The important role played by social workers in the fight against GBVF
Minister of Social Development Lindiwe Zulu paid tribute to the work being done by social workers when she conducted an outreach programme in Pietermaritzburg, KwaZulu-Natal, recently.
She said social work is at the heart of government’s work to build a more humane and caring society.
“From large caseloads, a lack of necessary tools of trade and increased social ills, such as GBVF and substance abuse, social workers are increasingly called on to respond to a myriad of socio-economic challenges confronting our young democracy.
“In the midst of the lockdown, I witnessed social workers on the frontlines of our national response going beyond the call of duty by providing much-needed services under the most difficult circumstances,” she added.
The Minister said one of the key issues that needs to be addressed is the high number of unemployed social work graduates.
“This is a serious concern for us, especially with the rising social ills in our country.”
During the Coronavirus pandemic, the department absorbed 1 300 social work graduates into the system, on a three-month contract.
After three months, over R75 million was made available as part of President Cyril Ramaphosa’s Employment Stimulus Package to keep the graduates employed until the end of March 2021.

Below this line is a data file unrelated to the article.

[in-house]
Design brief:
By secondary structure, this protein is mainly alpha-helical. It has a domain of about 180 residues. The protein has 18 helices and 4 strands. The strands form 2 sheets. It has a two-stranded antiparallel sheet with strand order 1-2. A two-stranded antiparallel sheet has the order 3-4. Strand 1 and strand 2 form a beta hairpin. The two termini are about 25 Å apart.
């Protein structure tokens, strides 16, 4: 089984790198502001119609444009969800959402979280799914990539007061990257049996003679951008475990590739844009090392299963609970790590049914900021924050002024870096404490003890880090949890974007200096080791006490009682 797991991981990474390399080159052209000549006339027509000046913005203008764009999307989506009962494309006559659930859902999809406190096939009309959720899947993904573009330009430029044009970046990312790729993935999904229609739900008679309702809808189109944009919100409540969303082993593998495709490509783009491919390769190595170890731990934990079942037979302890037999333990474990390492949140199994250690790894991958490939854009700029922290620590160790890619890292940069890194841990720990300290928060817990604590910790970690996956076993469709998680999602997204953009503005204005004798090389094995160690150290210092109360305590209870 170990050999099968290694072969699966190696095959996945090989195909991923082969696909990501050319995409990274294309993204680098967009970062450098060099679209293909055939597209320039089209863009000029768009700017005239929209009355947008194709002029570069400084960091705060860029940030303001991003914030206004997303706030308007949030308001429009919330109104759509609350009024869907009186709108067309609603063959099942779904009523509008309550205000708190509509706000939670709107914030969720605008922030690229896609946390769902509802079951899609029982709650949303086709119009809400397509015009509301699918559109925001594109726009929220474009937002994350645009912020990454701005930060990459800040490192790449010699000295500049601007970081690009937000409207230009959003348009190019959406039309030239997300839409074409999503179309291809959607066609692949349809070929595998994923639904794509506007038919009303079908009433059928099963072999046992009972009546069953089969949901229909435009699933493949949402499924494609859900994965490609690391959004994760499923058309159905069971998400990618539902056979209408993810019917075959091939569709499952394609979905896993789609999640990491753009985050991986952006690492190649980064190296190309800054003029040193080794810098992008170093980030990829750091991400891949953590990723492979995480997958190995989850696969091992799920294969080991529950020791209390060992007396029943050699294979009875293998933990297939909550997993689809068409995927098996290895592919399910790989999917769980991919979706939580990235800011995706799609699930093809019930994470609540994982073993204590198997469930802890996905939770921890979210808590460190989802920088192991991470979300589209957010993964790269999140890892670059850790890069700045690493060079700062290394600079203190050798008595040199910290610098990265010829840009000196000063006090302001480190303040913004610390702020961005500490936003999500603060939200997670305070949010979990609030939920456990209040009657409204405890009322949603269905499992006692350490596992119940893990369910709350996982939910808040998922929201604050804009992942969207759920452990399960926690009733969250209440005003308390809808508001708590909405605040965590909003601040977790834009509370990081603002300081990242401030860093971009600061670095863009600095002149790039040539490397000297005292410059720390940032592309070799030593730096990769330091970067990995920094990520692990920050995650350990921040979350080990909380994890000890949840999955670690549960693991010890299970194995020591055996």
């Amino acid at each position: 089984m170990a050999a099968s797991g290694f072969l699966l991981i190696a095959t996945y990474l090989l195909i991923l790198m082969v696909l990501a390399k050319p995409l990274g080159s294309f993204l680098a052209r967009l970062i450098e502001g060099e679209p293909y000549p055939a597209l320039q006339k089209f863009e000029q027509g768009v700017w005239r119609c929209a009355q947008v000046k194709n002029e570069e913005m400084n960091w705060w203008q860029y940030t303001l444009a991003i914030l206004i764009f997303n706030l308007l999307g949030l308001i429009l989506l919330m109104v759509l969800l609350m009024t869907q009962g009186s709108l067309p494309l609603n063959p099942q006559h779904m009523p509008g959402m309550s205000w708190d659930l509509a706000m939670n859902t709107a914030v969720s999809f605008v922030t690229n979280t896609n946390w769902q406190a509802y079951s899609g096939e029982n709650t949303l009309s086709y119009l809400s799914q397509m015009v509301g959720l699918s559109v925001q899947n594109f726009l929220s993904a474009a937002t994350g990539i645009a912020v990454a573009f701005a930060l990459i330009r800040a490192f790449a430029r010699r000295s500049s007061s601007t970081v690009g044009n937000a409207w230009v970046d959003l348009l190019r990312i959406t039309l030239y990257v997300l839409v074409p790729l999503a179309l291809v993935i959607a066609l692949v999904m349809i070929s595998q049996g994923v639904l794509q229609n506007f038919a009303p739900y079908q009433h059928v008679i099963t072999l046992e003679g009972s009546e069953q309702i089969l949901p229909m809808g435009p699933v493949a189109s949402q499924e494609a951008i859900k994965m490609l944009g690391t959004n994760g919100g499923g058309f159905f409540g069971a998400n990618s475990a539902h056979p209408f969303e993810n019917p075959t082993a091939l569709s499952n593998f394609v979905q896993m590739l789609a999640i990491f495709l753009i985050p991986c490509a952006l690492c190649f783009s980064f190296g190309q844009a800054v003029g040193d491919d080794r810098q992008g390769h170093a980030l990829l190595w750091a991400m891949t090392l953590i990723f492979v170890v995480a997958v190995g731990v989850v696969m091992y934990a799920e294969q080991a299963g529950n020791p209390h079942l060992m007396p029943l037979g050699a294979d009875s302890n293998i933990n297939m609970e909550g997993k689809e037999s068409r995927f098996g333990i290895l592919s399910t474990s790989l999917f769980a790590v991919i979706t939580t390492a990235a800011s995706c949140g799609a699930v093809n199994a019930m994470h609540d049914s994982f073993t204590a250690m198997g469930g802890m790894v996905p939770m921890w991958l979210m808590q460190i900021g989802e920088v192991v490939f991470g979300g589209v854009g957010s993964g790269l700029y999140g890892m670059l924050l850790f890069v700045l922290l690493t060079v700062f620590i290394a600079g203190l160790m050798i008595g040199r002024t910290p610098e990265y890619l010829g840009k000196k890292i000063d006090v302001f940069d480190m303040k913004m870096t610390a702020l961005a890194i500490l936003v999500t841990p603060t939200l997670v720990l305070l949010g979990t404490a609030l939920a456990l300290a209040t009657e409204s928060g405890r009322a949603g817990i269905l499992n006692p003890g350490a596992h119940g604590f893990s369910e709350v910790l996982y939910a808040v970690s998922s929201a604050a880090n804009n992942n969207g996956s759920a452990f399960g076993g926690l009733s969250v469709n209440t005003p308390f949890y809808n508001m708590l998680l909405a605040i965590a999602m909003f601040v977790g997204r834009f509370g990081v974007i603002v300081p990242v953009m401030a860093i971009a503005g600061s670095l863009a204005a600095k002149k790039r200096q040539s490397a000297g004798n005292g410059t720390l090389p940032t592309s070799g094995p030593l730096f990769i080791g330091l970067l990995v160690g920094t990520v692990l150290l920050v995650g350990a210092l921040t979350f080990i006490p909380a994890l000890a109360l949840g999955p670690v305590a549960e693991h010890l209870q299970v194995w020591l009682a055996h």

“We must commend provinces, such as the Free State, which absorbed these social workers permanently. We call on other provinces to do the same,” said Minister Zulu.
The department is in discussions with other stakeholders in the sector to determine how more graduates can be absorbed.
Minister Zulu’s outreach programme also focused on GBVF hotspots and mobilising young people to play their part as agents of change, by promoting a culture of respect for human rights, gender equality and GBVF prevention.
The Minister also officially opened the Umzansi Youth in Business Digital HIV and Resource Centres in Sweetwaters, which will assist youth with various aspects of development, including business research, printing of CVs, training for interviews and inclusion in various social behavioural change programmes.
-This article was originally published in the GCIS Vuk'uzenzele.